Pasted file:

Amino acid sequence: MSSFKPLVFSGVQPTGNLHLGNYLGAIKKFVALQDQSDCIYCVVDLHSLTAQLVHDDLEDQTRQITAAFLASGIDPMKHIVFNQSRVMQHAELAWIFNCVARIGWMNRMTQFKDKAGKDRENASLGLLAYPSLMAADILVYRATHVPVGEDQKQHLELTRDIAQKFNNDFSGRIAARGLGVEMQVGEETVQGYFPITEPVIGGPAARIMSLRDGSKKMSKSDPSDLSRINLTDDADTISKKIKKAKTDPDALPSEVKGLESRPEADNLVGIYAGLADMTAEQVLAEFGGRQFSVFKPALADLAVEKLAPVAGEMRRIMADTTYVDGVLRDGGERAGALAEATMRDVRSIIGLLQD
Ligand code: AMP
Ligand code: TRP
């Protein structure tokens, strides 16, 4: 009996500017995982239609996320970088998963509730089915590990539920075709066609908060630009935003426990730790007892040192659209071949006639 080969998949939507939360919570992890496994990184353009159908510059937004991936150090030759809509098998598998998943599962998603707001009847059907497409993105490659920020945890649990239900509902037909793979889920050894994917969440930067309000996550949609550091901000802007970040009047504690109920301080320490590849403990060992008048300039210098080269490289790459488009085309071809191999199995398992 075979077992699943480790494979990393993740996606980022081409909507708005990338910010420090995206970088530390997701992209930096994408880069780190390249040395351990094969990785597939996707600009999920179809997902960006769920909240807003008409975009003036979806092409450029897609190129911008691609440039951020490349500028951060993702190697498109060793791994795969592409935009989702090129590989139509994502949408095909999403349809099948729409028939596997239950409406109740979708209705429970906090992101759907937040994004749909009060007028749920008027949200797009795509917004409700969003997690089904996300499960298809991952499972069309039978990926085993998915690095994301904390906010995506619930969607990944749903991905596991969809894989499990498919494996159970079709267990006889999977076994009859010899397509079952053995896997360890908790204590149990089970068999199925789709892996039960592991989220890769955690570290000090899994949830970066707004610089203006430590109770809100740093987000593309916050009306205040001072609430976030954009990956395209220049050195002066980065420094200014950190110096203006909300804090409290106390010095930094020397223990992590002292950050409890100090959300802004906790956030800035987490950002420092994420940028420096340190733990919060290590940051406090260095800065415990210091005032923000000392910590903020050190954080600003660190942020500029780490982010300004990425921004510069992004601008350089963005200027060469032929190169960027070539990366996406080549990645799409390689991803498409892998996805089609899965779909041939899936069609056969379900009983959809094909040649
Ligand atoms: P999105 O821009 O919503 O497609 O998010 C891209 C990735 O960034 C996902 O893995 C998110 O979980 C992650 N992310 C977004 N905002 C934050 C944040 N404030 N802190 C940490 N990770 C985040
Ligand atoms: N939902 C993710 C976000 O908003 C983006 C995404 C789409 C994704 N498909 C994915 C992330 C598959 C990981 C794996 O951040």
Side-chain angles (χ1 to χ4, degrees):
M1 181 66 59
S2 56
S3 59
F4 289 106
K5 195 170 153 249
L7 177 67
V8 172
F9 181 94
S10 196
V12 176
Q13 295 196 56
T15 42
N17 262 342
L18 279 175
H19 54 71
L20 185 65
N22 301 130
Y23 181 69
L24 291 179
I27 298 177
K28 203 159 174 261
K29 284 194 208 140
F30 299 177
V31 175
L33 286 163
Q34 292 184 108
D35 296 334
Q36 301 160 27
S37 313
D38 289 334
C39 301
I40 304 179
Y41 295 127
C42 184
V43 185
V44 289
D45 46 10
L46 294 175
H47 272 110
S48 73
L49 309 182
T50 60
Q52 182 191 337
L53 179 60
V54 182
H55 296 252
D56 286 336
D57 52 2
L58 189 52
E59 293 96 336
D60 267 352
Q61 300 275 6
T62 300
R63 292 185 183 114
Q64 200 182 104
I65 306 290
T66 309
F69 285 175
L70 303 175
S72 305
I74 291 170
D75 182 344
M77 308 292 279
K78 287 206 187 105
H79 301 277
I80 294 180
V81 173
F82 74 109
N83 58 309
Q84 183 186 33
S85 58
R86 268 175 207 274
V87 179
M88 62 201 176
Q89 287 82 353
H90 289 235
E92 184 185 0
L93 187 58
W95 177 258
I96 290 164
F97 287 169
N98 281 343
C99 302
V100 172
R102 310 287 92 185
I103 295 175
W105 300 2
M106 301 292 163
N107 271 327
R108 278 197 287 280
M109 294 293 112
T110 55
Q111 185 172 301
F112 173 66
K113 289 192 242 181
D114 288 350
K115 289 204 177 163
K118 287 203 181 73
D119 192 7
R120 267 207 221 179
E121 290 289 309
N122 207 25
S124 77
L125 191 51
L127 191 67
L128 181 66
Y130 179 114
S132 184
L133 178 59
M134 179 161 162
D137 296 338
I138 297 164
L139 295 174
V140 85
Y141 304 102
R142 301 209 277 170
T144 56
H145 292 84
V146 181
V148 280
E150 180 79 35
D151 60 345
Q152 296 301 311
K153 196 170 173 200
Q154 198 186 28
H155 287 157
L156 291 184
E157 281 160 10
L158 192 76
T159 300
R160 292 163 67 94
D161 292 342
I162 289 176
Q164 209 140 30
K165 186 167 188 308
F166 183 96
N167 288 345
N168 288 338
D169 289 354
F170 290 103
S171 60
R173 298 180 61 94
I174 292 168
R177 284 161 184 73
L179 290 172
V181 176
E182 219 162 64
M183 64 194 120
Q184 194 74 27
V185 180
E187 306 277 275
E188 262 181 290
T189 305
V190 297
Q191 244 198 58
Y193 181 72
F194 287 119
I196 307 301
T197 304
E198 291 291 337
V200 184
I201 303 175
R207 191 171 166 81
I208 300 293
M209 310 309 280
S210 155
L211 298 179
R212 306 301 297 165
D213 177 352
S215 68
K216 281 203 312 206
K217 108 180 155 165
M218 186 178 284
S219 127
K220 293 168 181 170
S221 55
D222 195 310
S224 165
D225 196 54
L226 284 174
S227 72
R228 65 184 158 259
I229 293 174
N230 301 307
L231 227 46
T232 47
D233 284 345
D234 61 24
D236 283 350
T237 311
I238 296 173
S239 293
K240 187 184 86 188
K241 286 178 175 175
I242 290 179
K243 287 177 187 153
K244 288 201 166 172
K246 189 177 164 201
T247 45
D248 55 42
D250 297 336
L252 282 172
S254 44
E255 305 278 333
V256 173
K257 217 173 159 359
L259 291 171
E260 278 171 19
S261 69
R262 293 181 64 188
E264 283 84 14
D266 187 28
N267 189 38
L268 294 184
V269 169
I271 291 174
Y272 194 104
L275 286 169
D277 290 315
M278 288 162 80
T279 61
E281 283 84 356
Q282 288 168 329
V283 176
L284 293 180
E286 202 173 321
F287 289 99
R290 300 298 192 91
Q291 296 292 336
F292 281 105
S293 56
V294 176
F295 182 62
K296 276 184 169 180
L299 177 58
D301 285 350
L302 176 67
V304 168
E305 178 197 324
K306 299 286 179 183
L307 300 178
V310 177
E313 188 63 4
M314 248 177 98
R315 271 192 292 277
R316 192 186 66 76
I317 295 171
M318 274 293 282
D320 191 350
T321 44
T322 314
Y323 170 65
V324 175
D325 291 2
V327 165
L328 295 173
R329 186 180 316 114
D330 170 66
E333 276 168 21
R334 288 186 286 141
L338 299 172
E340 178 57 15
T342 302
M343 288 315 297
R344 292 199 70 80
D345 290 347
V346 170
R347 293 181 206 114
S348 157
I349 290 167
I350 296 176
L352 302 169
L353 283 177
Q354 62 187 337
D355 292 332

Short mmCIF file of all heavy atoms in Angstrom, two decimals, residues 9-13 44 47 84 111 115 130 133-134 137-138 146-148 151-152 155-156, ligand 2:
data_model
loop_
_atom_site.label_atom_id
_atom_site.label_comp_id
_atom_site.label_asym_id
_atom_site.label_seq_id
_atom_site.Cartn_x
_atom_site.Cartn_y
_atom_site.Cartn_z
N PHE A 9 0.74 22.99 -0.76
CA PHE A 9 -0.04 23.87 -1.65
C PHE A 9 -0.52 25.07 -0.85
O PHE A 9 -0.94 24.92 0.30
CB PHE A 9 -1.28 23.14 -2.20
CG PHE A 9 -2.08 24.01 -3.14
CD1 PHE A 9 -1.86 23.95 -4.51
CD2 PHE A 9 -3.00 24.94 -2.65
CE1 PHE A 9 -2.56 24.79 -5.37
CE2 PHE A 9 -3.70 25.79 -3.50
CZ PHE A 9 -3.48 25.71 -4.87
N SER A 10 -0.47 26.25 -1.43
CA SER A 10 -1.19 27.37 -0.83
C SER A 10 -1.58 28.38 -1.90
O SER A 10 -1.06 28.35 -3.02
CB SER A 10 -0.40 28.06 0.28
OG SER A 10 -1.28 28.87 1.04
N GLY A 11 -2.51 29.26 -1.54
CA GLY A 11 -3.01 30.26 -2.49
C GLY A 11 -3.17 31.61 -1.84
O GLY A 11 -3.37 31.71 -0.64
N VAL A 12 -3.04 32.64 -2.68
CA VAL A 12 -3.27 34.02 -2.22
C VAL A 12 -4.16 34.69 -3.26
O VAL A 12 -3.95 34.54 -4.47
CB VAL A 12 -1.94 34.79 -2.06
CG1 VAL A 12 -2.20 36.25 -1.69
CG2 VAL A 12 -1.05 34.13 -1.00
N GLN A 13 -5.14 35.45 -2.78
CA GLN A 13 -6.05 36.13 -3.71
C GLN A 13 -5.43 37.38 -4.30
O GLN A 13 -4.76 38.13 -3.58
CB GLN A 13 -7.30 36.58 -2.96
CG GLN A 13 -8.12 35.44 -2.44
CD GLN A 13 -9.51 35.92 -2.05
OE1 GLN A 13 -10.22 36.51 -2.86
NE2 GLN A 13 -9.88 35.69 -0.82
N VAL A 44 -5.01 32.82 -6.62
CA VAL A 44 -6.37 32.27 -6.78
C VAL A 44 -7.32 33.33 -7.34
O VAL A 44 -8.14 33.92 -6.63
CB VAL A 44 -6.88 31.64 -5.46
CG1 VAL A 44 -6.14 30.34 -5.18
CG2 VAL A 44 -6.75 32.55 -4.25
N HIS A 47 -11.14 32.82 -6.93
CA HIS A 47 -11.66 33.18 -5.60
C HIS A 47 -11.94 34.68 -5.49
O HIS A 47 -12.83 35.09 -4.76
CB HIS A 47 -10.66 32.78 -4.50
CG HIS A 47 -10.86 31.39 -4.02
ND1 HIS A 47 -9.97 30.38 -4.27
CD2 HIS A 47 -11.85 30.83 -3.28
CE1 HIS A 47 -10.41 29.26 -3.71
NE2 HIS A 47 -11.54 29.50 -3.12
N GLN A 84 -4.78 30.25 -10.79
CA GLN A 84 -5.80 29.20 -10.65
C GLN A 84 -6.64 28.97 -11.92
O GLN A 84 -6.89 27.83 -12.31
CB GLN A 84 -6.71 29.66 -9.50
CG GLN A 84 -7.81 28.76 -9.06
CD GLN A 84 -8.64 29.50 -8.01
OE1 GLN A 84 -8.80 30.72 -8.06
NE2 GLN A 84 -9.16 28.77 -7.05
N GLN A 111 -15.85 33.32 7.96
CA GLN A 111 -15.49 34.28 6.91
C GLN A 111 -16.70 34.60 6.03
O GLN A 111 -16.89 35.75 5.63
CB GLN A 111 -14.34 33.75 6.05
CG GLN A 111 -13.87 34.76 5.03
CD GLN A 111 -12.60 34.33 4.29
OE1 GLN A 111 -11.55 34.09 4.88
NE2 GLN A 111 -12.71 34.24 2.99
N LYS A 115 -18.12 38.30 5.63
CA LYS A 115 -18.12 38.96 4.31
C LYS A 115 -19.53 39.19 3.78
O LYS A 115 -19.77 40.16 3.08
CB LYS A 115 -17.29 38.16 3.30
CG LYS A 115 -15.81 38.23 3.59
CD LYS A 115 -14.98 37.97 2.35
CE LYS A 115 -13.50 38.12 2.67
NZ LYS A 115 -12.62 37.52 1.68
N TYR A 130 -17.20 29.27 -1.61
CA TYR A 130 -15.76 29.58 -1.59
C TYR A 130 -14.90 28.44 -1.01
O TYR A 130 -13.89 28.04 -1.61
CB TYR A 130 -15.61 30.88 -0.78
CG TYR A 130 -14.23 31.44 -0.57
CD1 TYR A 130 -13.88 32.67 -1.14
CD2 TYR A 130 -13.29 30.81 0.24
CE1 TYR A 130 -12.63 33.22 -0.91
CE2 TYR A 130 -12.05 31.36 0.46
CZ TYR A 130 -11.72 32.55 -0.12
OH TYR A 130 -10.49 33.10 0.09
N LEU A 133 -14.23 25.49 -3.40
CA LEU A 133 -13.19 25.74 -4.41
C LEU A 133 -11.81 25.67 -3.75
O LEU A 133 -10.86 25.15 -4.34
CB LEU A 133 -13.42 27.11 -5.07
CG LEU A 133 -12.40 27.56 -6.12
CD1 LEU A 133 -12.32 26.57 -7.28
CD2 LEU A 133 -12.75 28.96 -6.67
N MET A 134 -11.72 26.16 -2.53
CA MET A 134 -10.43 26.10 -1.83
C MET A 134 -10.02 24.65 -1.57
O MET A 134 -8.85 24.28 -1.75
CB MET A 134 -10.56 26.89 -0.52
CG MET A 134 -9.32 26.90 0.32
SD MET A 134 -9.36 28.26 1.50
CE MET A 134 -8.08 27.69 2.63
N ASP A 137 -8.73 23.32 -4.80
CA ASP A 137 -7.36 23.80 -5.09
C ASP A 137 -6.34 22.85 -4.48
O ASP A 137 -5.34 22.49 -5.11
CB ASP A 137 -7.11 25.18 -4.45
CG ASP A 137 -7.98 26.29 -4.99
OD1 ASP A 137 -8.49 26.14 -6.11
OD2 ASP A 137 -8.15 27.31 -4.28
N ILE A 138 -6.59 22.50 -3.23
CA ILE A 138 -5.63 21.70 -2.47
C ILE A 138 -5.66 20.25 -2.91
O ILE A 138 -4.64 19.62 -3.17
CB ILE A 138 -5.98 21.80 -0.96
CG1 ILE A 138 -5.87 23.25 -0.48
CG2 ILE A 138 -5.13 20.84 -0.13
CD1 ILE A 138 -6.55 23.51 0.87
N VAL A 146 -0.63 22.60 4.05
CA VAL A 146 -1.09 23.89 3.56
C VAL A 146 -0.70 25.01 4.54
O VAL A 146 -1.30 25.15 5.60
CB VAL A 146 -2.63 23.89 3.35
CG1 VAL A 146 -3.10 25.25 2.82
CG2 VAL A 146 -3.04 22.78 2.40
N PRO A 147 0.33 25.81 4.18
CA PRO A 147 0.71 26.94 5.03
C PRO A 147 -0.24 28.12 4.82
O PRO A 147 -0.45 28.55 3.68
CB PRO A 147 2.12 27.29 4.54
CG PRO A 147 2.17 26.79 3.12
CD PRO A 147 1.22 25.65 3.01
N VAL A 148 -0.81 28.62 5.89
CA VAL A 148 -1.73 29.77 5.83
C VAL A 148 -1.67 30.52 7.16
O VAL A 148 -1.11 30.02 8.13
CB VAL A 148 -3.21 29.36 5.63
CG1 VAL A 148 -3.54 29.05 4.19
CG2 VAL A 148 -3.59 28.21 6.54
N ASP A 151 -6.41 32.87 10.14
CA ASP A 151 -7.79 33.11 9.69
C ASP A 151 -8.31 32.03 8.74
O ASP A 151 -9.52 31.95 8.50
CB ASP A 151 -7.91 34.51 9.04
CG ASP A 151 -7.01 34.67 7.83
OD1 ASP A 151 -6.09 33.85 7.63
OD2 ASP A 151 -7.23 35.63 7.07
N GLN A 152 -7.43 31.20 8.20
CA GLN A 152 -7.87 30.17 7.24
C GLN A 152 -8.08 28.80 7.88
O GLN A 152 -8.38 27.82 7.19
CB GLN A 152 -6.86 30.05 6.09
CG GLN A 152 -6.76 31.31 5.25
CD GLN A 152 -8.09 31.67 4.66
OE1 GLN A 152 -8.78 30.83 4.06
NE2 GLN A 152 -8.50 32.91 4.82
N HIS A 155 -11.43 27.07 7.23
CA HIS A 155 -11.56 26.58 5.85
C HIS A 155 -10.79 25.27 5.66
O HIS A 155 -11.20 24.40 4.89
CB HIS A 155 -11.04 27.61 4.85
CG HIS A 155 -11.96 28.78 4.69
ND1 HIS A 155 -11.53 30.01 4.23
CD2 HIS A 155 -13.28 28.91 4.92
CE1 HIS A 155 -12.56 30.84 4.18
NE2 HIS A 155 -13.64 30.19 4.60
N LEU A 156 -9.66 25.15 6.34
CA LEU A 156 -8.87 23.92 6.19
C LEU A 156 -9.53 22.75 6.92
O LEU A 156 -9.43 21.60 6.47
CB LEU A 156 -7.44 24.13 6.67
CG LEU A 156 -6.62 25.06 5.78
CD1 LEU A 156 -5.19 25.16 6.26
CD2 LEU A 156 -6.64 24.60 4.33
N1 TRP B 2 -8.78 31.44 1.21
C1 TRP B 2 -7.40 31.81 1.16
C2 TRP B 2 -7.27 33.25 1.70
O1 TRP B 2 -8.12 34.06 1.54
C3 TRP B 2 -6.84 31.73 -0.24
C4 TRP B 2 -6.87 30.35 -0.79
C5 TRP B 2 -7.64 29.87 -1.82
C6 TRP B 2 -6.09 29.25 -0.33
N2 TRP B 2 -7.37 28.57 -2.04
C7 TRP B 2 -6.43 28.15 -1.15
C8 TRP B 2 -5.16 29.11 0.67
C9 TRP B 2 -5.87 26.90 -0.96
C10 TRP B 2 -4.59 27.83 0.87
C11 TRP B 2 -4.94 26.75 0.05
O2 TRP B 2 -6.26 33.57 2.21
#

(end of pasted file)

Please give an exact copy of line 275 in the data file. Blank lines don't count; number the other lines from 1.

R347 293 181 206 114